I think a lot of that work is really interesting. The hypothesis that’s motivating it is that entanglement is fundamental in quantum mechanics, and the geometry of space or space-time emerges from structures of entanglement. It’s a very positive development.
You’ve said that these ideas were inspired by Leibniz’s Monadology. Did you just happen to pull out your Monadology and reread it?
I first read Leibniz at the instigation of Julian Barbour, when I was just out of graduate school. First I read the correspondence between Leibniz and Samuel Clarke, who was a follower of Newton, in which Leibniz criticized Newton’s notion of absolute space and absolute time and argued that observables in physics should be relational. They should describe the relations of one system with another, resulting from their interaction. Later I read the Monadology. I read it as a sketch for how to make a background-independent theory of physics. I do look at my copy from time to time. There is a beautiful quote in there, where Leibniz says, “Just as the same city viewed from different directions appears entirely different … there are, as it were, just as many different universes, which are, nevertheless, only perspectives on a single one, corresponding to the different points of view of each monad.” That, to me, evokes why these ideas are very suitable, not just in physics but for a whole range of things from social policy and postmodernism to art to what it feels like to be an individual in a diverse society. But that’s another discussion!
Your work has been very influenced by philosophy. Looking back historically, people like Einstein and Bohr and John Wheeler all took philosophy very seriously; it directly influenced their physics. It seems to be a trait of great physicists and yet —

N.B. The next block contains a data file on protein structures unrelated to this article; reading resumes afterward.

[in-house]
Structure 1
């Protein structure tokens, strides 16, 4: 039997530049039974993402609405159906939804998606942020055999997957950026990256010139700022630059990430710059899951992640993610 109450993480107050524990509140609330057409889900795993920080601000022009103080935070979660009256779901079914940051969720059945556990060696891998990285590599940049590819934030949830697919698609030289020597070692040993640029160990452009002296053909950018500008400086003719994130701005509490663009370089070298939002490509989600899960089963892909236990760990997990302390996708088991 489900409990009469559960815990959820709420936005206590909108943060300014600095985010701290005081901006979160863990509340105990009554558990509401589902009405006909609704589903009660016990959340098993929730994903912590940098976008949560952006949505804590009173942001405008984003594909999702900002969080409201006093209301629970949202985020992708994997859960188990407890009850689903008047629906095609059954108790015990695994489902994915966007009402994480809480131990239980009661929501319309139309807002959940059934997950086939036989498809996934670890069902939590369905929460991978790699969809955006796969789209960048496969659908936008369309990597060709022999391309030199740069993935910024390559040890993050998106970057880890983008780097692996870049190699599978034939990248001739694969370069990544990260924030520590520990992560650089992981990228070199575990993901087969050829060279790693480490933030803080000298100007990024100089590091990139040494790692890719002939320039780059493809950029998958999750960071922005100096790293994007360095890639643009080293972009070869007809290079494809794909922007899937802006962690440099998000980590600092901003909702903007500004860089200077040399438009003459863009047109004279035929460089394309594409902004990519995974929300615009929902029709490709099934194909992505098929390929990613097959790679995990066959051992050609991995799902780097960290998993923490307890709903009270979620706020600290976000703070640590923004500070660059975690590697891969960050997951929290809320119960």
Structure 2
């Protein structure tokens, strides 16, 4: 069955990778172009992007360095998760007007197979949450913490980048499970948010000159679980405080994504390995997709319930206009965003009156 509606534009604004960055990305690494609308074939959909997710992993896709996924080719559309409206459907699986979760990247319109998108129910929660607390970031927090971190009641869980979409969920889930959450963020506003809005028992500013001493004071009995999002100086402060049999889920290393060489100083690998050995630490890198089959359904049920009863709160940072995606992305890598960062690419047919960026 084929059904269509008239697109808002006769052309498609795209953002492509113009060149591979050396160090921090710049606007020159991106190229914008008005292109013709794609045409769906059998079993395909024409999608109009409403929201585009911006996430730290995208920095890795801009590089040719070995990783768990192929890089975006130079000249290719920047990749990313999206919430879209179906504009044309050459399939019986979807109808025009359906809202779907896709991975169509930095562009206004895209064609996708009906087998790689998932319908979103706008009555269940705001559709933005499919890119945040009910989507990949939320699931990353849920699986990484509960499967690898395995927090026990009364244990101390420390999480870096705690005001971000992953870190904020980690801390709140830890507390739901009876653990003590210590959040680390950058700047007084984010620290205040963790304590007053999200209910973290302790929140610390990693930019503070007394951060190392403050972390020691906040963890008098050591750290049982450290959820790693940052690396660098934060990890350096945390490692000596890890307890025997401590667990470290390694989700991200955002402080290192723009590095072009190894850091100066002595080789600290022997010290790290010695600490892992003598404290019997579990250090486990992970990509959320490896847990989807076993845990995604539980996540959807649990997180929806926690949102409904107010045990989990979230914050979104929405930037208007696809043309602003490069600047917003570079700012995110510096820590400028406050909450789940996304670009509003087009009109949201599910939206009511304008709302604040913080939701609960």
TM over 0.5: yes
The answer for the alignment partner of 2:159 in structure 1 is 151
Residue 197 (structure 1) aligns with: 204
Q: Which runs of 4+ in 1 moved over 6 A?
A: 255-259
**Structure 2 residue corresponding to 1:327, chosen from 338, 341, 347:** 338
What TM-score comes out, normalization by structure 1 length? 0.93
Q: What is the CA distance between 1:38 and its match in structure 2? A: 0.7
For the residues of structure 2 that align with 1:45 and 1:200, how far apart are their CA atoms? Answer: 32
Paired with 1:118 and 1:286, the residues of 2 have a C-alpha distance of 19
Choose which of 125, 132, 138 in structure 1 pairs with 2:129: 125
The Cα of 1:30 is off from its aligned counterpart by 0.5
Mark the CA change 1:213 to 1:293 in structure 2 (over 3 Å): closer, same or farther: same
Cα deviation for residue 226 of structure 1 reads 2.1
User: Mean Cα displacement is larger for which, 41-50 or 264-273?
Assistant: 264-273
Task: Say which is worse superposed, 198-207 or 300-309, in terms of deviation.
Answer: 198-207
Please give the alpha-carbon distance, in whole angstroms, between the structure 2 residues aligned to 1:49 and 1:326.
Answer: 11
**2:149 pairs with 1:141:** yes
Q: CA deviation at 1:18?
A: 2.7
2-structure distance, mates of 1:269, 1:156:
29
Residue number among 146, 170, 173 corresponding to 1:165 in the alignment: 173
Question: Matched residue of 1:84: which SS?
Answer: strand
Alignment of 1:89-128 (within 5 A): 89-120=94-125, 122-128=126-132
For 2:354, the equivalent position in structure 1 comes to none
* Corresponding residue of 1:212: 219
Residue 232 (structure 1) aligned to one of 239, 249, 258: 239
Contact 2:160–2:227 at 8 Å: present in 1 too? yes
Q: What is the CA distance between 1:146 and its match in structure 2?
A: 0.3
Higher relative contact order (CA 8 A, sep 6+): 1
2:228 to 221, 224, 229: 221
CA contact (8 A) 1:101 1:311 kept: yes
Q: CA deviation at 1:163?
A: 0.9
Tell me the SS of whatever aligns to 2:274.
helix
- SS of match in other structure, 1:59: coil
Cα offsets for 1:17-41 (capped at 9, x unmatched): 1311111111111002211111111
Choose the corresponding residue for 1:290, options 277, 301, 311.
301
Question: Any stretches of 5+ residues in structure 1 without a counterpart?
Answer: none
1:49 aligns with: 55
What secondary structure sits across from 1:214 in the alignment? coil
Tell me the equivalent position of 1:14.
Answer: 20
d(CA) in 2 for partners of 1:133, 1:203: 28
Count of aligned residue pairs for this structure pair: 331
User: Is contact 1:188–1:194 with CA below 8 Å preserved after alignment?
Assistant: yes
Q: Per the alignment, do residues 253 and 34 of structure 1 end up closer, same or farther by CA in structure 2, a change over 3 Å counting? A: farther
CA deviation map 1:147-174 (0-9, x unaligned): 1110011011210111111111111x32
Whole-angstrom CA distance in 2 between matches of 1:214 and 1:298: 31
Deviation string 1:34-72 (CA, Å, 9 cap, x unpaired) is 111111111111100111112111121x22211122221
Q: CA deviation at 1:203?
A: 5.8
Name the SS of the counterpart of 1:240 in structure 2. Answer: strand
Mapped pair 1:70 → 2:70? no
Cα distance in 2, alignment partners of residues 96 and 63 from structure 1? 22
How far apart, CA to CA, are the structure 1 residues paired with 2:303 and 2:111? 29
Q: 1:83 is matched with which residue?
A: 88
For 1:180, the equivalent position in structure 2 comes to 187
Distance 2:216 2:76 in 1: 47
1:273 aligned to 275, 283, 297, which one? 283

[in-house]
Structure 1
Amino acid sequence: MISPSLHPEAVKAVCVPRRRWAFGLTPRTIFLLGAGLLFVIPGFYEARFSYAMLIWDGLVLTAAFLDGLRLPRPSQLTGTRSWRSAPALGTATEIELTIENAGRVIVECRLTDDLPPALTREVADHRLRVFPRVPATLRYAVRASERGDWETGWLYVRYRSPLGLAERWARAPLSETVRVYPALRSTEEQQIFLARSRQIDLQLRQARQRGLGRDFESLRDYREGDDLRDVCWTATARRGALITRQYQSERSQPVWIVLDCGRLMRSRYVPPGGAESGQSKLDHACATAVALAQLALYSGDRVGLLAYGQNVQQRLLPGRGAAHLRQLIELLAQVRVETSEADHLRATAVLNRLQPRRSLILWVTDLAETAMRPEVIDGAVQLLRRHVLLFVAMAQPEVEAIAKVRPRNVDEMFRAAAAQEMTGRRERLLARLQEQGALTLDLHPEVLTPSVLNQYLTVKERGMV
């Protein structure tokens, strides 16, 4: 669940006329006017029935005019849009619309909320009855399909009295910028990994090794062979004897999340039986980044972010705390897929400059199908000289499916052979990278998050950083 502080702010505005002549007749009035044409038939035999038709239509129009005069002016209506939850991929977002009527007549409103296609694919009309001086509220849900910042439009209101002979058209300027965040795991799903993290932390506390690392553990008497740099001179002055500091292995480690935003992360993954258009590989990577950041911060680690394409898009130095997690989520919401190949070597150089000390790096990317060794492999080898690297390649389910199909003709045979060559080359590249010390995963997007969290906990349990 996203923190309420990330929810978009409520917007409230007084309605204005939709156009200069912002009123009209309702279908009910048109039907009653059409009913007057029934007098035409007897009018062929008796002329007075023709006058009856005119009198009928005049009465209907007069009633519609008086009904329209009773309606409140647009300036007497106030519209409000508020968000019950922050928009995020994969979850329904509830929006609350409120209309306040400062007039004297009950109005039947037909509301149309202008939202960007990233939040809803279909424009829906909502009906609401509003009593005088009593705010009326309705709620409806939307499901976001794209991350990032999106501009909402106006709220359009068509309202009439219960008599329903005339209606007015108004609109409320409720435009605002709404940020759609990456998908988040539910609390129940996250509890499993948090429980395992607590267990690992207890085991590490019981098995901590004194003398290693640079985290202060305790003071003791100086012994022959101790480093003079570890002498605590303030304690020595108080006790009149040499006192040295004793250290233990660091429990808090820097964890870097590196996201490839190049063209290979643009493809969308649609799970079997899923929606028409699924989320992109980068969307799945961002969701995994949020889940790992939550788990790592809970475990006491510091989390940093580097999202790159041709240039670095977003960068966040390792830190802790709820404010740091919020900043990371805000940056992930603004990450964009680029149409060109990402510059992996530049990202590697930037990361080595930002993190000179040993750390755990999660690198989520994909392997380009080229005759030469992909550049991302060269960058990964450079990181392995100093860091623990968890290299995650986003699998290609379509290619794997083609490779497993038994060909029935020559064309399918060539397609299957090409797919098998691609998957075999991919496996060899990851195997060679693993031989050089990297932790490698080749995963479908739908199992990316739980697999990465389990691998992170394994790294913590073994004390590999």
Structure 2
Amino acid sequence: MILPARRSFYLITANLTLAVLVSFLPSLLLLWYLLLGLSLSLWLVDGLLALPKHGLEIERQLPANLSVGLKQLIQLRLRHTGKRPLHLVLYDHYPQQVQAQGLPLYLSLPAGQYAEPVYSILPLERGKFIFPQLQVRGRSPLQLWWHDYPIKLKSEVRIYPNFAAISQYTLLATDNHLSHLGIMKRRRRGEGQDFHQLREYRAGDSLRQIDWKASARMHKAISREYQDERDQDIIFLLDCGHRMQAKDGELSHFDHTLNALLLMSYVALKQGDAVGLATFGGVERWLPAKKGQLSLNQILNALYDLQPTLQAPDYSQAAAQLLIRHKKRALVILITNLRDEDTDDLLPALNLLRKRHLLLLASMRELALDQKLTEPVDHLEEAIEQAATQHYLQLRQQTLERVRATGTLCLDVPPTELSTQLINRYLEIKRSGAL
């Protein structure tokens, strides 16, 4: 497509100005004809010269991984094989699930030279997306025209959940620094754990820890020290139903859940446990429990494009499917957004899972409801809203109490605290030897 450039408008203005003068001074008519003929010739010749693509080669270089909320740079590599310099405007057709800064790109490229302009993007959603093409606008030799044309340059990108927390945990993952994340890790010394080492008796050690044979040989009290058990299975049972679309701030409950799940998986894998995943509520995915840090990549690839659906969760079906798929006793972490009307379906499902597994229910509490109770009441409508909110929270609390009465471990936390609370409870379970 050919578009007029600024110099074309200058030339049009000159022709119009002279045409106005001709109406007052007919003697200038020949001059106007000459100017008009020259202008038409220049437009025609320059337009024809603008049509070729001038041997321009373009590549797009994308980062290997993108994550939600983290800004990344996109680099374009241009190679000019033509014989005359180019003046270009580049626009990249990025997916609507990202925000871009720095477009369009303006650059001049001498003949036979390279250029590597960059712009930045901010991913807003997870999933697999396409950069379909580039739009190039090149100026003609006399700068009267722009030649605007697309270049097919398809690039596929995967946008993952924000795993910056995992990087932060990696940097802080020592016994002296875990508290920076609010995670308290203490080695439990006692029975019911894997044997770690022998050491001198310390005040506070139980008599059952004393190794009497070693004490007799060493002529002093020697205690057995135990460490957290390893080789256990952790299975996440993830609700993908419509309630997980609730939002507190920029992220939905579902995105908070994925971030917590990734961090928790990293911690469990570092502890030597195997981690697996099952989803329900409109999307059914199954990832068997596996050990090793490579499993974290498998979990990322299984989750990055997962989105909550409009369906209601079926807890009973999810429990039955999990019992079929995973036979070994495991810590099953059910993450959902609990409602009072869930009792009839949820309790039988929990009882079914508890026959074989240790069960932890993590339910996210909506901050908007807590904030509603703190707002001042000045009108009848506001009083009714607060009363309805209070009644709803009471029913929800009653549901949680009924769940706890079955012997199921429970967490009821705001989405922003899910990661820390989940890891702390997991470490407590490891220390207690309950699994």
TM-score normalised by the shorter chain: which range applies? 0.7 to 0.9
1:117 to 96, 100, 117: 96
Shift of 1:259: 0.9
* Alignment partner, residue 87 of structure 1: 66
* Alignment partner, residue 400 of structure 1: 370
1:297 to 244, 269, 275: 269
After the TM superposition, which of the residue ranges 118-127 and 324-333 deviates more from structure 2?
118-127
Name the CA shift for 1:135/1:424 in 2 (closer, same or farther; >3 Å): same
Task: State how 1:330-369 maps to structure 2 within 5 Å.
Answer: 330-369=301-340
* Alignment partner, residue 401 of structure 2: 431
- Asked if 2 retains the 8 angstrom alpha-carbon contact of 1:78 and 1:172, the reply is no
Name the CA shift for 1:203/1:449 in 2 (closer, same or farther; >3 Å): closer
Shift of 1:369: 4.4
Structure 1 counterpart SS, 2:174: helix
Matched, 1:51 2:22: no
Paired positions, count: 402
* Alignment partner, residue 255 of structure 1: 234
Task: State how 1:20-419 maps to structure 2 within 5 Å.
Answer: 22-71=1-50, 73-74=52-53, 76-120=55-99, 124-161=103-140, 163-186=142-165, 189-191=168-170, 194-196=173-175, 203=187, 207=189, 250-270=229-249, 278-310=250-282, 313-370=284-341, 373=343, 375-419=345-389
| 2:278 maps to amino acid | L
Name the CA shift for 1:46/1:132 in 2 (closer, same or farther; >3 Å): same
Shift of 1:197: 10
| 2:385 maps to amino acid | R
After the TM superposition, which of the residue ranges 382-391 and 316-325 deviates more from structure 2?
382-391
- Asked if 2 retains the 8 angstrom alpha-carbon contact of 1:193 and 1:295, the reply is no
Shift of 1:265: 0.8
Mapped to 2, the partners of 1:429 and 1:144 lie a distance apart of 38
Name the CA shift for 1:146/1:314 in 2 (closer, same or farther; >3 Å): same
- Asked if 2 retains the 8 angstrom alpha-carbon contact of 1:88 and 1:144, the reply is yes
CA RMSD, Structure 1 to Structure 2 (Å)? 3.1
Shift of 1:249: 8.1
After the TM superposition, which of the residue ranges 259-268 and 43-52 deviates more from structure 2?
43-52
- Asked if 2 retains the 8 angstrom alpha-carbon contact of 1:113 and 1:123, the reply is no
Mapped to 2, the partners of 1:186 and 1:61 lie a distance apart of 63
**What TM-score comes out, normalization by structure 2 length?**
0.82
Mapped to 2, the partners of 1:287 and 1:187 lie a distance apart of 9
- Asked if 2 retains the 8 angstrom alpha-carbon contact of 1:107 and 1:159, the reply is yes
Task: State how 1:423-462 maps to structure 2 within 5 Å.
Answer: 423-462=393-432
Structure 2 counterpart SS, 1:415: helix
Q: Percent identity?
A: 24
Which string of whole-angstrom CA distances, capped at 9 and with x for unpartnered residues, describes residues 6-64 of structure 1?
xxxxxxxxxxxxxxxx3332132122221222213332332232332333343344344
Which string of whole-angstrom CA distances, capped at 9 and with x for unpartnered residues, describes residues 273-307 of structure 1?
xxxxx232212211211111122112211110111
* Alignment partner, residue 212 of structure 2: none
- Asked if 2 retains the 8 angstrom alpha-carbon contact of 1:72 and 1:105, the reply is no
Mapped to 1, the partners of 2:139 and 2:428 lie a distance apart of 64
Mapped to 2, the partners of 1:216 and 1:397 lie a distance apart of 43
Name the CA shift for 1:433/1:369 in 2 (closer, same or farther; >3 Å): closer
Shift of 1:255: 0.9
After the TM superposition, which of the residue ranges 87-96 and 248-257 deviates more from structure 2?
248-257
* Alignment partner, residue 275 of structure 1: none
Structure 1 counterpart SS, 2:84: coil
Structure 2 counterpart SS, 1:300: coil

And also of not-great physicists.
OK, fair! It just seems that it’s become almost taboo to talk about philosophy in physics today. Has that been your experience?
Not at all. Many of the leading theorists in foundational physics — where the goal is to deepen our knowledge of the fundamental laws — know philosophy very well. As an undergraduate at Hampshire College, I did a lot of physics and some philosophy courses. Then when I went to Harvard for graduate school, I intended to do a double Ph.D. in physics and philosophy, but I got disenchanted with philosophy pretty quickly. I mean, the physicists were arrogant enough. But the philosophers even more so.
Back when we had the revolutions in physics in the first part of the 20th century in Europe, people like Einstein, Bohr, Heisenberg, Schrödinger and others were very well educated in philosophy, and it informed their work as physicists. Then there was this pragmatic turn, where the dominant mode of physics became anti-foundational, anti-philosophy.
The historian of physics David Kaiser at MIT has studied this in detail. He studied quantum mechanics textbooks and lecture notes and saw how, through the 1940s into the 1950s, references to philosophy and to foundational issues disappeared from quantum mechanics courses. Freeman Dyson once said, normally the young people are rebels and the old people are the conservatives, but in his generation it was the reverse. The young people didn’t want to hear about messy philosophy or foundational issues, they just wanted to get out and apply quantum mechanics.
This was great for the explosion of applications of quantum mechanics from the 1940s into the 1970s, through the establishment of the Standard Model, condensed matter physics and so forth. But then fundamental physics got stuck, and part of the reason we got stuck is we reached a set of problems on which you can’t make progress with this pragmatic, anti-foundational culture. I should make clear that those fields where you can assume we know the relevant laws, like condensed matter and astrophysics, continue to thrive. But if your goal is to discover new, deeper laws, you need to mix with philosophers again. And it has been happening much more.
When I started mixing with philosophers, there were a few who really knew physics well, but most didn’t. Today, the young people working in philosophy of physics, for the most part, know physics well. The interchange with philosophy is coming back, and I think it’s a good thing.
Amanda Gefter is a writer specializing in fundamental physics and cosmology and author of the book “Trespassing on Einstein’s Lawn.”